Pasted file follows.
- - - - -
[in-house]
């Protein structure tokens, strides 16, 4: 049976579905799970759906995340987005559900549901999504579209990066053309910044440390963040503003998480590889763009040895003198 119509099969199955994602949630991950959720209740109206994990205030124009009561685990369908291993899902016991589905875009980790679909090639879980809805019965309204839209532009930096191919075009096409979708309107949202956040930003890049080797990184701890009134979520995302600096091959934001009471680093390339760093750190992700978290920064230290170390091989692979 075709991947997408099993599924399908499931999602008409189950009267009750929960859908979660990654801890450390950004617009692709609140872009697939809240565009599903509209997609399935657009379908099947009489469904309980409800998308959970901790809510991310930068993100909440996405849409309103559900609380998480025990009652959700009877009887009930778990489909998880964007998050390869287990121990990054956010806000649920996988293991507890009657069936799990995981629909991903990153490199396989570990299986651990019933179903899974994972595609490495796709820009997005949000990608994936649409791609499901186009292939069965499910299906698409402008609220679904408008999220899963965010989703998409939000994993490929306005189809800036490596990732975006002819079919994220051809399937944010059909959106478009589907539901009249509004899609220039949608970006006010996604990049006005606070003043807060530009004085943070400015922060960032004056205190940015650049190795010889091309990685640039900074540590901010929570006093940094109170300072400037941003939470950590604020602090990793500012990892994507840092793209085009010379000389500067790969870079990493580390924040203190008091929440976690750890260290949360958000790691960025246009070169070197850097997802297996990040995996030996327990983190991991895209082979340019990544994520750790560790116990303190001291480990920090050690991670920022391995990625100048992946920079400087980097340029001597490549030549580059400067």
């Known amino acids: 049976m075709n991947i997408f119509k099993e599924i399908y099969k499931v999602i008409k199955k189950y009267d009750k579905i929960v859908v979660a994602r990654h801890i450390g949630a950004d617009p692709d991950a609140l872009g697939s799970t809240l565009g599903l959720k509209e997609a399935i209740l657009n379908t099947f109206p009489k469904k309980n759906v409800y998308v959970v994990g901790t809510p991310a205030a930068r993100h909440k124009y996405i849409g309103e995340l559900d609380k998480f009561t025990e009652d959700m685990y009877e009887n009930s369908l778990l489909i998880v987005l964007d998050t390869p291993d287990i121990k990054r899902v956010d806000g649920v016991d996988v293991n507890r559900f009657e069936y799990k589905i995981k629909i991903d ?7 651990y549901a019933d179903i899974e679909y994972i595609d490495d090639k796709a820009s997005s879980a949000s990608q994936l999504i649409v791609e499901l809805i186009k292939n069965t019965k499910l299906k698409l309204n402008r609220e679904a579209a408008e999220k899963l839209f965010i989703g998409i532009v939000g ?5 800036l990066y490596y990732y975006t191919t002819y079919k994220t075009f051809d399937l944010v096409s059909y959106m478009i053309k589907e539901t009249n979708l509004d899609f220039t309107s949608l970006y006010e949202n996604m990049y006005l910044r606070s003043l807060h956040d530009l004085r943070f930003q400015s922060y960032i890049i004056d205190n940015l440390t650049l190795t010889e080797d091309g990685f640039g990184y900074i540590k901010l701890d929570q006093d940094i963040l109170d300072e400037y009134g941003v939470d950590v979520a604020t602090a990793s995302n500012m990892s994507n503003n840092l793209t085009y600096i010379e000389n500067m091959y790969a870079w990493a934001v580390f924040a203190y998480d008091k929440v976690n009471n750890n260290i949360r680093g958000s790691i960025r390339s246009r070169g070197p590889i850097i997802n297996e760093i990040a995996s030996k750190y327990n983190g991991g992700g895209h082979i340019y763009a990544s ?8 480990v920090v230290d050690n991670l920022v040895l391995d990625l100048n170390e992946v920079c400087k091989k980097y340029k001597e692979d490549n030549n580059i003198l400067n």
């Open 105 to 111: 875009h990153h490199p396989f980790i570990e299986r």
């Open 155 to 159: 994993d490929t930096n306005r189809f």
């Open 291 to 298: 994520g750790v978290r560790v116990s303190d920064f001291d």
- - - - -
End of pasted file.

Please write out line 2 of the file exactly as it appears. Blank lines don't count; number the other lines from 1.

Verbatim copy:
């Protein structure tokens, strides 16, 4: 049976579905799970759906995340987005559900549901999504579209990066053309910044440390963040503003998480590889763009040895003198 119509099969199955994602949630991950959720209740109206994990205030124009009561685990369908291993899902016991589905875009980790679909090639879980809805019965309204839209532009930096191919075009096409979708309107949202956040930003890049080797990184701890009134979520995302600096091959934001009471680093390339760093750190992700978290920064230290170390091989692979 075709991947997408099993599924399908499931999602008409189950009267009750929960859908979660990654801890450390950004617009692709609140872009697939809240565009599903509209997609399935657009379908099947009489469904309980409800998308959970901790809510991310930068993100909440996405849409309103559900609380998480025990009652959700009877009887009930778990489909998880964007998050390869287990121990990054956010806000649920996988293991507890009657069936799990995981629909991903990153490199396989570990299986651990019933179903899974994972595609490495796709820009997005949000990608994936649409791609499901186009292939069965499910299906698409402008609220679904408008999220899963965010989703998409939000994993490929306005189809800036490596990732975006002819079919994220051809399937944010059909959106478009589907539901009249509004899609220039949608970006006010996604990049006005606070003043807060530009004085943070400015922060960032004056205190940015650049190795010889091309990685640039900074540590901010929570006093940094109170300072400037941003939470950590604020602090990793500012990892994507840092793209085009010379000389500067790969870079990493580390924040203190008091929440976690750890260290949360958000790691960025246009070169070197850097997802297996990040995996030996327990983190991991895209082979340019990544994520750790560790116990303190001291480990920090050690991670920022391995990625100048992946920079400087980097340029001597490549030549580059400067």